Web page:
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    ABSTRACT: Radiation therapy is a cornerstone of oncologic treatment. Skin tolerance is often the limiting factor in radiotherapy. To study these issues and create modalities for intervention, the authors developed a novel murine model of cutaneous radiation injury. The dorsal skin was isolated using a low-pressure clamp and irradiated. Mice were followed for 8 weeks with serial photography and laser Doppler analysis. Sequential skin biopsy specimens were taken and examined histologically. Tensiometry was performed and Young's modulus calculated. High-dose radiation isolated to dorsal skin causes progressive changes in skin perfusion, resulting in dermal thickening, fibrosis, persistent alopecia, and sometimes ulceration. There is increased dermal Smad3 expression, and decreased elasticity and bursting strength. This model of cutaneous radiation injury delivers reproducible localized effects, mimicking the injury pattern seen in human subjects. This technique can be used to study radiation-induced injury to evaluate preventative and therapeutic strategies for these clinical issues.
    Plastic and Reconstructive Surgery 02/2011; 127(2):560-8. · 3.33 Impact Factor
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    ABSTRACT: The inflammatory response to ionizing radiation (IR) includes a proangiogenic effect that could be counterproductive in cancer but can be exploited for treating impaired wound healing. We demonstrate for the first time that IR stimulates hypoxia-inducible factor-1α (HIF-1α) up-regulation in endothelial cells (ECs), a HIF-1α-independent up-regulation of stromal cell-derived factor-1 (SDF-1), as well as endothelial migration, all of which are essential for angiogenesis. 5 Gray IR-induced EC HIF-1α and SDF-1 expression was greater when combined with hypoxia suggesting an additive effect. While small interfering RNA silencing of HIF-1α mRNA and abolition of HIF-1α protein induction down-regulated SDF-1 induction by hypoxia alone, it had little effect on SDF-1 induction by IR, demonstrating an independent pathway. SDF-1-mediated EC migration in hypoxic and/or radiation-treated media showed IR induced strong SDF-1-dependent migration of ECs, augmented by hypoxia. IR activates a novel pathway stimulating EC migration directly through the expression of SDF-1 independent of HIF-1α induction. These observations might be exploited for stimulation of wound healing or controlling tumor angiogenesis.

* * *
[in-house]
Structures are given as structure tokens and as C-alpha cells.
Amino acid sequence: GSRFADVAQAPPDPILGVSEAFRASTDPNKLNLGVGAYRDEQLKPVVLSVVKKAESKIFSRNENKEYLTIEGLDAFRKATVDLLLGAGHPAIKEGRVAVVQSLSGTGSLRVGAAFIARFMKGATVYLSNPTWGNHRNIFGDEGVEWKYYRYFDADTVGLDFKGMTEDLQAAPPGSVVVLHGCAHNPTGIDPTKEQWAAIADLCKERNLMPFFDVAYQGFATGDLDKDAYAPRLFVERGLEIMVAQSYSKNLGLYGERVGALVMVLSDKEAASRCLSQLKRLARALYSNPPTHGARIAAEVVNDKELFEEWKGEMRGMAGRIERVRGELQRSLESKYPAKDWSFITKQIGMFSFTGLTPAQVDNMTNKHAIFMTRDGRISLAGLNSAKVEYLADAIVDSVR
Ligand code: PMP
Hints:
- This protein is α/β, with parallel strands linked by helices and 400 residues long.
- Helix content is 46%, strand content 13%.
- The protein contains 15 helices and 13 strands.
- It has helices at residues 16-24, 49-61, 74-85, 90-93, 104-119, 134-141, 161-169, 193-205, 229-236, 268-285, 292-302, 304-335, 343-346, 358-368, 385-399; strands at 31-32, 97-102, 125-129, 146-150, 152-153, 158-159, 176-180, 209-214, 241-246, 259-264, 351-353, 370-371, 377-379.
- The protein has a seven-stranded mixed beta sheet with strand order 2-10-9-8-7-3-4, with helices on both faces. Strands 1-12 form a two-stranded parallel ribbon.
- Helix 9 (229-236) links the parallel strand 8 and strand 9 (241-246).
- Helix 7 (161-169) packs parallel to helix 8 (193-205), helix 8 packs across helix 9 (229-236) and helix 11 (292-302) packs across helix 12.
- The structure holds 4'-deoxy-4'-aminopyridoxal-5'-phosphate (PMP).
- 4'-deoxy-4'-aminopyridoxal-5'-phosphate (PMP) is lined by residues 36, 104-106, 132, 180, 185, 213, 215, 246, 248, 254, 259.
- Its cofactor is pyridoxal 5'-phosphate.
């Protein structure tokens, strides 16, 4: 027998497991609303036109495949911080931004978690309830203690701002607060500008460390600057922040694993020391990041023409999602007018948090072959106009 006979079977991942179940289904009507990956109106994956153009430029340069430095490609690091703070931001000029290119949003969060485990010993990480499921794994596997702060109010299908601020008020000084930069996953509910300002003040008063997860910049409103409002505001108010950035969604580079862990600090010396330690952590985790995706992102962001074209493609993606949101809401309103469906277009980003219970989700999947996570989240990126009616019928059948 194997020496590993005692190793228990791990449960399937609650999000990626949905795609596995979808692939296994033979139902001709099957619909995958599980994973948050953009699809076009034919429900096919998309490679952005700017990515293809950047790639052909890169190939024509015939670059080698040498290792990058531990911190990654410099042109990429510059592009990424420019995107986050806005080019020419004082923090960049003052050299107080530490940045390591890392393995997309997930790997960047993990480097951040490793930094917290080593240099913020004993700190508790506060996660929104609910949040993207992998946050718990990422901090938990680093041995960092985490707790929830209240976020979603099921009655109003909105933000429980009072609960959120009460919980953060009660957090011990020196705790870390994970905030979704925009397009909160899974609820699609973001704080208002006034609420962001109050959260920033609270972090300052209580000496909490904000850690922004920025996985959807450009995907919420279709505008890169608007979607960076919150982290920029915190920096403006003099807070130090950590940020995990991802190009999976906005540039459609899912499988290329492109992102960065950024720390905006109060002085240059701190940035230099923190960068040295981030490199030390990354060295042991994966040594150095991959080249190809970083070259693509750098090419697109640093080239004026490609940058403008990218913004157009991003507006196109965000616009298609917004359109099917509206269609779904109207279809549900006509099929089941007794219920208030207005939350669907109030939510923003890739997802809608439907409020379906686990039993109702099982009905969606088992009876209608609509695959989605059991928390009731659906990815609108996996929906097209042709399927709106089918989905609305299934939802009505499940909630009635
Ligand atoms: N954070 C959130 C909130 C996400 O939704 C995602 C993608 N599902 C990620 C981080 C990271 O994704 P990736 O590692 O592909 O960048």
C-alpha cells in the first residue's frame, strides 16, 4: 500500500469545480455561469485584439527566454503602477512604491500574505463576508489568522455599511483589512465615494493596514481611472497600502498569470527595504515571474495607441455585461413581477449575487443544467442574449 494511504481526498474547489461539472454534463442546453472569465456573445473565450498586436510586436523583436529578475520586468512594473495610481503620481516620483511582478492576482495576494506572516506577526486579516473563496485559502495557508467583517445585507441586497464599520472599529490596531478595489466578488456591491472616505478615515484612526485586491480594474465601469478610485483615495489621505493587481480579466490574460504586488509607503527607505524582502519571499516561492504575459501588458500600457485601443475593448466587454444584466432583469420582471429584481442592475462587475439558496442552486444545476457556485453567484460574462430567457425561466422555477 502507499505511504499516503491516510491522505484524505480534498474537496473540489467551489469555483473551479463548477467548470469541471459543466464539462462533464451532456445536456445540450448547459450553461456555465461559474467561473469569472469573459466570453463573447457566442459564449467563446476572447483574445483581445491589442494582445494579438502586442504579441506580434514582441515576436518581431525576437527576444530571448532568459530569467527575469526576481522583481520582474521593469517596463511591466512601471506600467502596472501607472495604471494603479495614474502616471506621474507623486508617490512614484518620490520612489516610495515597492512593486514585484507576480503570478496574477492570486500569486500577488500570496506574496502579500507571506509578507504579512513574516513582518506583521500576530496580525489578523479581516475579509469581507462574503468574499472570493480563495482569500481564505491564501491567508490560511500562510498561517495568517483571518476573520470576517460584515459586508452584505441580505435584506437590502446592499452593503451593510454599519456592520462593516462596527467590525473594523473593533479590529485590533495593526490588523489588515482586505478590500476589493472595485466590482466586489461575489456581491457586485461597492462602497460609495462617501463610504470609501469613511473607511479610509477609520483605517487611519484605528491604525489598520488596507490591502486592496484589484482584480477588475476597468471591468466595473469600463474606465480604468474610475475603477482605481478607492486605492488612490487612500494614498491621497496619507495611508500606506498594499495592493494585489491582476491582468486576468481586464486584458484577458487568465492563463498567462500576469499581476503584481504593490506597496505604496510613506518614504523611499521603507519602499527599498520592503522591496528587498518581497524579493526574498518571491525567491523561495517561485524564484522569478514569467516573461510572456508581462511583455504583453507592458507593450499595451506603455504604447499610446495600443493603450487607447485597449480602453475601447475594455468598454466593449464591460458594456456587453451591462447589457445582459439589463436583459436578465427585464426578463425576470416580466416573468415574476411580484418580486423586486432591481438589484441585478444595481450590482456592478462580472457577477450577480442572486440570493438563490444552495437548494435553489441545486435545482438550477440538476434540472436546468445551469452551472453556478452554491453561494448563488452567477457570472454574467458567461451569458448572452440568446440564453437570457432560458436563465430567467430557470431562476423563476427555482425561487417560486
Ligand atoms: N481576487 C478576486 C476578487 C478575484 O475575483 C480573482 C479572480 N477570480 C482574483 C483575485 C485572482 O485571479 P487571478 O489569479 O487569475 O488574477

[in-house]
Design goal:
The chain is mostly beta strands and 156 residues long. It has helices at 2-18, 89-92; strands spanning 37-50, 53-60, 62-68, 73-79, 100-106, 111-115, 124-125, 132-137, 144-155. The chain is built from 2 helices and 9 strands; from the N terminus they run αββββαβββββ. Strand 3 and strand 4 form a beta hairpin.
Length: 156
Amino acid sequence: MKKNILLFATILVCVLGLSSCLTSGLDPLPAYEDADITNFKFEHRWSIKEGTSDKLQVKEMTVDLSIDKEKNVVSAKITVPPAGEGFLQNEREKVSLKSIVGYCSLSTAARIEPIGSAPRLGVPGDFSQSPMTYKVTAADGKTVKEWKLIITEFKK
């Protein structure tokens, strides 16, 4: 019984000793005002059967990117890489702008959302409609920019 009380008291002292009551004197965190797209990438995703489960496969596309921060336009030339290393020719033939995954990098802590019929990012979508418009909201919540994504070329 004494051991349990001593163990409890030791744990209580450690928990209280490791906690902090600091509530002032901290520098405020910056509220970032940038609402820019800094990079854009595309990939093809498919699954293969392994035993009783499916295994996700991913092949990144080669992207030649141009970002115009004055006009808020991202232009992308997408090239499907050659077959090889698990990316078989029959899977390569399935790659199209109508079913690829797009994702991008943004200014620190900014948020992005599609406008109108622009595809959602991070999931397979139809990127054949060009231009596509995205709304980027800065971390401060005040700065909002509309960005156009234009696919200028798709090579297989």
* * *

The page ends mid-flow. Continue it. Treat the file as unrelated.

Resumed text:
Blood 11/2010; 116(18):3669-76. · 9.78 Impact Factor